The Smell and Cheapness of Communist Dreams, 1942

JF Ptak Science Books Post 2243


William Z. Foster. Great name, interesting history, but also Joe Stalin supporter of high order who ran for president of the U.S. in ’32 as a Communist (and got 100K votes). Foster does have organizational chops, working for unions and union organizing for several decades. In the mid-1920’s and beyond he was interested in the Soviet Union and Communism, and published many small works of wonder, many of which had interest cover illustrations, pushing the penny publication.

Many of these publication also had that particular feel of cheapness to them, as well, as with the pamphlet I’m sharing above. They feel cheap because they were cheaply printed, written bits made to be whispers into any listener’s ear, and then dissolve after the need was perhaps filled and perhaps not.

This hopeful pamphlet addressed the very tenuous amity between the United States and its mew-ish ally, the Soviet Union. This was printed in 1942, a third of the way through the Nazi invasion of the Soviet Union, an operation that caused the deaths of about 5 million Soviet soldiers and dozens of millions of civilians. Of course the Soviets weren’t always on the side to the U.S. And the Allies, far from it. 23 August 1939 is when Stalin signed the Non-Aggression Pact with Hitler (the Ribbentrop-Molotov Pact) , foreign up Hitler to move against Poland, which is did on the first of September. On the third the British declared war on Germany, and on the 17th The Soviets rolled into the eastern part of Poland, taking what it wanted, as per the agreement in divide and conquer.

The honeymoon between the two states wasn’t to last long, because Hitler could not stand the Russians, who he felt were an inferior, servile people, holding much-needed natural resources for the Reich, deserving death or slavery. And so on 22 June 1941, the agreement was annulled when the Nazis undertook a full-out-mega-frontal attack on the Soviet Union called Operation Barbarossa. It was a massive campaign, and the Soviet Union reacted slowly to it, given Stalin’s insistence that such a thing as Nazi subterfuge and betrayal was not possible.  The plan was quite nearly successful, with tremendous progress made in the first few months (due to Nazi strategy and surprise as well as Stalinist purges of top Soviet military figures and mismanagement) but then the Soviet Union grew into the necessity of stopping the onslaught, and wound up destroying the German capacity for the two-front war.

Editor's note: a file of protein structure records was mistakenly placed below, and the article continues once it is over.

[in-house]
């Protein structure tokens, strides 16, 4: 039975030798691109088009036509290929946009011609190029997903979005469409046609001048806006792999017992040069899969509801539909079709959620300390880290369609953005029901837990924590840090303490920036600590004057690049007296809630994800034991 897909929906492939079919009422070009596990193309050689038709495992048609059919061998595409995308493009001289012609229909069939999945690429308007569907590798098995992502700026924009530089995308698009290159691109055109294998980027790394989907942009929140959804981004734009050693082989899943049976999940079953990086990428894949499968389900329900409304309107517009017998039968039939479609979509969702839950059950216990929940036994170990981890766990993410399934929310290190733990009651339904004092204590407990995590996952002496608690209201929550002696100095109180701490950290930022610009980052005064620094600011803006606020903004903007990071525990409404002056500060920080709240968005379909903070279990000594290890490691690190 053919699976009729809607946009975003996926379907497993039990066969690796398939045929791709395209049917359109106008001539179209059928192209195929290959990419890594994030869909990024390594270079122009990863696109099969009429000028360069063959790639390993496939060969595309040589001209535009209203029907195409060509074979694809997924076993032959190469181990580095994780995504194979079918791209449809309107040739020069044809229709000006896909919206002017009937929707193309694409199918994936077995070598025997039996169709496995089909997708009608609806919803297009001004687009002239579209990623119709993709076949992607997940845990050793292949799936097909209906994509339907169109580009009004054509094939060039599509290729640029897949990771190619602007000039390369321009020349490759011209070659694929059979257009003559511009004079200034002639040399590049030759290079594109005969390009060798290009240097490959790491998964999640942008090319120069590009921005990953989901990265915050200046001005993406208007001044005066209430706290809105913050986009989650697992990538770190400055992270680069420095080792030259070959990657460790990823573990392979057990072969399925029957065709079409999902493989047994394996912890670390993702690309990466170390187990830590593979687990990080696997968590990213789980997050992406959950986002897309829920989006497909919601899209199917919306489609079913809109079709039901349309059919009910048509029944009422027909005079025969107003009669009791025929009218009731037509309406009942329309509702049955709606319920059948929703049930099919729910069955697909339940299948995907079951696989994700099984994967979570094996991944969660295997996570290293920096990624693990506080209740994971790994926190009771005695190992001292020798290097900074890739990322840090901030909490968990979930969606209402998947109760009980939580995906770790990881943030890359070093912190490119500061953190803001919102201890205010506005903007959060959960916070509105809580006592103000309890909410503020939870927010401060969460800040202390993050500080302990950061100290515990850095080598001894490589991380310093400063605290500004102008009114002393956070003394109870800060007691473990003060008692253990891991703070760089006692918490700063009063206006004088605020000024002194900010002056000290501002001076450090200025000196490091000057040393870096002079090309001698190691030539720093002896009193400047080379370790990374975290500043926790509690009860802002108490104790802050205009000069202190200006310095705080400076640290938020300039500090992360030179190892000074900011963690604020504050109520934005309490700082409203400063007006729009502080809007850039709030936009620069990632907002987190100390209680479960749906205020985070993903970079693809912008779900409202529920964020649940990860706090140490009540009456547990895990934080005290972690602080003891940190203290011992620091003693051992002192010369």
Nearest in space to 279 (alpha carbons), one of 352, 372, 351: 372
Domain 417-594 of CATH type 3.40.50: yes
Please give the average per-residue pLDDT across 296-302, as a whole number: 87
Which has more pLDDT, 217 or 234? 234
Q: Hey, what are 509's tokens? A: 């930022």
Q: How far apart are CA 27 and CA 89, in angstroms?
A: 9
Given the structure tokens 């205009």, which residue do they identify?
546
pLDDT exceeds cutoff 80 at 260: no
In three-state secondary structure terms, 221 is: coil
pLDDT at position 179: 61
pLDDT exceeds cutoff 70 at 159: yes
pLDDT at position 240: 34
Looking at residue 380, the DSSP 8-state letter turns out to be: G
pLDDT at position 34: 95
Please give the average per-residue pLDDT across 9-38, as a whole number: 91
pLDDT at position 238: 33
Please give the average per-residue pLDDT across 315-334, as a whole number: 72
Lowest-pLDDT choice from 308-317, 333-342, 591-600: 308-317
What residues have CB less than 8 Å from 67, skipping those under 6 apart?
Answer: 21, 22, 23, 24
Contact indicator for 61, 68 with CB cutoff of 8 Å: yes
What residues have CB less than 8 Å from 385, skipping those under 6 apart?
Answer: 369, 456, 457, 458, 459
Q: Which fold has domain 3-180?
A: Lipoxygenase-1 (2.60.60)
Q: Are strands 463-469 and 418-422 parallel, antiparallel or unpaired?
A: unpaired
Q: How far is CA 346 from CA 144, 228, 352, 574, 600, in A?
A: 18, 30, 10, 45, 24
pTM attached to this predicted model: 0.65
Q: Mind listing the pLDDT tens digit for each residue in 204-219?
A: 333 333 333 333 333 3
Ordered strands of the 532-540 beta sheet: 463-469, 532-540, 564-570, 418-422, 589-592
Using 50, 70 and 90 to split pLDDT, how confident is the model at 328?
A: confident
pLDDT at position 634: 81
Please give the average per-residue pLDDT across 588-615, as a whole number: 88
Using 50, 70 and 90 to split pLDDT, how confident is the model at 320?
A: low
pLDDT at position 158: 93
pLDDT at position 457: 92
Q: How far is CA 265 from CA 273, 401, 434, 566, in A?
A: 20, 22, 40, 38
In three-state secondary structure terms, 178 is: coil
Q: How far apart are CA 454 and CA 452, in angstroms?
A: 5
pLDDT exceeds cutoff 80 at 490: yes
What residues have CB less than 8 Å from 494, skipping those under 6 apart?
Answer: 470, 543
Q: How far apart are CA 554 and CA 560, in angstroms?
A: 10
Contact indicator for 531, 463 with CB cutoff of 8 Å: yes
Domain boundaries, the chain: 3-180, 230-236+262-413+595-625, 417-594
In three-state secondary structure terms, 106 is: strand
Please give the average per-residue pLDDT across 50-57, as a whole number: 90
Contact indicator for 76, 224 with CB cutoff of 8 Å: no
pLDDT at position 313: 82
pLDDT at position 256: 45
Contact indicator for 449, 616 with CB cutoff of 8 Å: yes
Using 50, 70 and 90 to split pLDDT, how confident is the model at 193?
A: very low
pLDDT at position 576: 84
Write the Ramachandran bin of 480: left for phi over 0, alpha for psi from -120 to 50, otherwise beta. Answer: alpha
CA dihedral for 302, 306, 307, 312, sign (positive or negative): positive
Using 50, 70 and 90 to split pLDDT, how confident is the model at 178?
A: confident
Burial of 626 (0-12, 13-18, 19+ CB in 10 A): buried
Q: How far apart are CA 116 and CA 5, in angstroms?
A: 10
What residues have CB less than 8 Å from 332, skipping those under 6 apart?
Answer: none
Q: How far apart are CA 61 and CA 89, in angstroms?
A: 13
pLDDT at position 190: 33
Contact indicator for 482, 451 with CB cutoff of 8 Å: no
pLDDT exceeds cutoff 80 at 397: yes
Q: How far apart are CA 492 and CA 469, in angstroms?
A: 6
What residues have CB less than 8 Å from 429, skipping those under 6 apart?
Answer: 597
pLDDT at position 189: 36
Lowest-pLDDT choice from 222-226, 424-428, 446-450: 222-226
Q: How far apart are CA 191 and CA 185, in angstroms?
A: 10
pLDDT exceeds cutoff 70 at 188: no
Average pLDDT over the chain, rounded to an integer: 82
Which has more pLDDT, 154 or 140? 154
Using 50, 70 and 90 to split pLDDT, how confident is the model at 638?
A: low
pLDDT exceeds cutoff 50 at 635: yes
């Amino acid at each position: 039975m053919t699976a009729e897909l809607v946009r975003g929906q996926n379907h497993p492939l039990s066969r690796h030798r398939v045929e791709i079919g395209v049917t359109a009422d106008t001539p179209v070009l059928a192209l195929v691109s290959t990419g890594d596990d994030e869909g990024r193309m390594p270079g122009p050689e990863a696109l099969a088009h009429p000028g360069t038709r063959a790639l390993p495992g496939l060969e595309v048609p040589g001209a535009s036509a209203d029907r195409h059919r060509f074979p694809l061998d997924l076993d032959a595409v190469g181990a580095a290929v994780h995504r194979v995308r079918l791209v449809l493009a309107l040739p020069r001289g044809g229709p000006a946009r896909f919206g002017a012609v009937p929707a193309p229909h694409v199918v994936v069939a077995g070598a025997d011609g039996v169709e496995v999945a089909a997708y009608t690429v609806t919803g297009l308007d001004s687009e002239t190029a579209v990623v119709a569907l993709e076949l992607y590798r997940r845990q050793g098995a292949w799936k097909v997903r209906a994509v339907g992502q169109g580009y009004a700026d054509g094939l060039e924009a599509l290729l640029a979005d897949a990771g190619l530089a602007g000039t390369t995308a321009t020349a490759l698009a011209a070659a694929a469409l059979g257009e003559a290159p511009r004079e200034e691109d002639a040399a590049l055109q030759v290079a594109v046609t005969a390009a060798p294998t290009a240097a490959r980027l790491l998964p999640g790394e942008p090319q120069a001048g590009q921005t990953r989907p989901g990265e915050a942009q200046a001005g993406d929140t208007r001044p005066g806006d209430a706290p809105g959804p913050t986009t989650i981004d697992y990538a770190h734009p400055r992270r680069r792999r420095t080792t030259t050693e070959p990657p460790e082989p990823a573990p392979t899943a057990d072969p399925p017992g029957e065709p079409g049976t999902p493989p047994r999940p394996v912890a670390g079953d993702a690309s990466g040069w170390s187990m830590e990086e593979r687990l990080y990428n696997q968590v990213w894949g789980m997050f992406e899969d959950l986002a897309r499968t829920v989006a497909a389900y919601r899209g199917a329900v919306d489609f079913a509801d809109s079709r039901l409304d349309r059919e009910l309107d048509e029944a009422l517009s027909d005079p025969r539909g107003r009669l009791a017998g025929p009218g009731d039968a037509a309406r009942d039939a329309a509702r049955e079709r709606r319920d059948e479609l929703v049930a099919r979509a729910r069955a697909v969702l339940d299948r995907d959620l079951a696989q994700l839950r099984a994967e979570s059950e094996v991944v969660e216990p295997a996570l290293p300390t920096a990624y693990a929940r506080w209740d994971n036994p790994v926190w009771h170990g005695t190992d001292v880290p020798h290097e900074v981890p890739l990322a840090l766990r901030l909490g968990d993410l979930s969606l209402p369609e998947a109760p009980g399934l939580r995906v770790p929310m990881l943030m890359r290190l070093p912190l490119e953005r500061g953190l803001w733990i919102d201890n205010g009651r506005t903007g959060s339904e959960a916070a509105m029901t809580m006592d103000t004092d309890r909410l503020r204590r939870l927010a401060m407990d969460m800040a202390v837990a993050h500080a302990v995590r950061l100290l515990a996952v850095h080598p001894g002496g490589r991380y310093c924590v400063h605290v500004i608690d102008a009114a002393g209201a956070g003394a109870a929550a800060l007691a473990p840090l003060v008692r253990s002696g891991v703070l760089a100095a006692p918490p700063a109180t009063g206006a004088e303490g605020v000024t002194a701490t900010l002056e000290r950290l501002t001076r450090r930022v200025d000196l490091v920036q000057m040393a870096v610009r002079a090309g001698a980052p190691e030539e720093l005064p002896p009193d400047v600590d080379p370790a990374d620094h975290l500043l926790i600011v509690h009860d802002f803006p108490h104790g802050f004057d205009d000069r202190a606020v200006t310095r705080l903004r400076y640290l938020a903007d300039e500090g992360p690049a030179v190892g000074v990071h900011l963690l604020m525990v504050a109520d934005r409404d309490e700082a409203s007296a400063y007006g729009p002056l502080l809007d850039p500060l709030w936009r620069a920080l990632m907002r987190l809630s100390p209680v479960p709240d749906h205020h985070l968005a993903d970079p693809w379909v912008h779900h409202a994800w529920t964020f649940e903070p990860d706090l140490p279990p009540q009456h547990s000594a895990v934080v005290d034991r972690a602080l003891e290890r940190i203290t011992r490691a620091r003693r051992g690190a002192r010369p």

In any event in 1942 Foster made a play for American-Soviet friendship just at the time when the Nazi invasion was being turned around, falling short of Moscow, engaged in awfullness in Crimea, and just about to get into Stalingrad (mid-’42), Hitler’s dream repackaged by an extraordinary effort by the Soviet army. We absolutely needed each other at this point in the war, because the Soviet Union basically killed much of the Nazi war effort, and the U.S. was the seat of fantastic resources. But before the war was out, the Foster’s plea for the beacon of light of Super Friends was not much more than a wet stubby candle in a closet.

By: Ptak Science Books
Via: Feedbin Starred Entries

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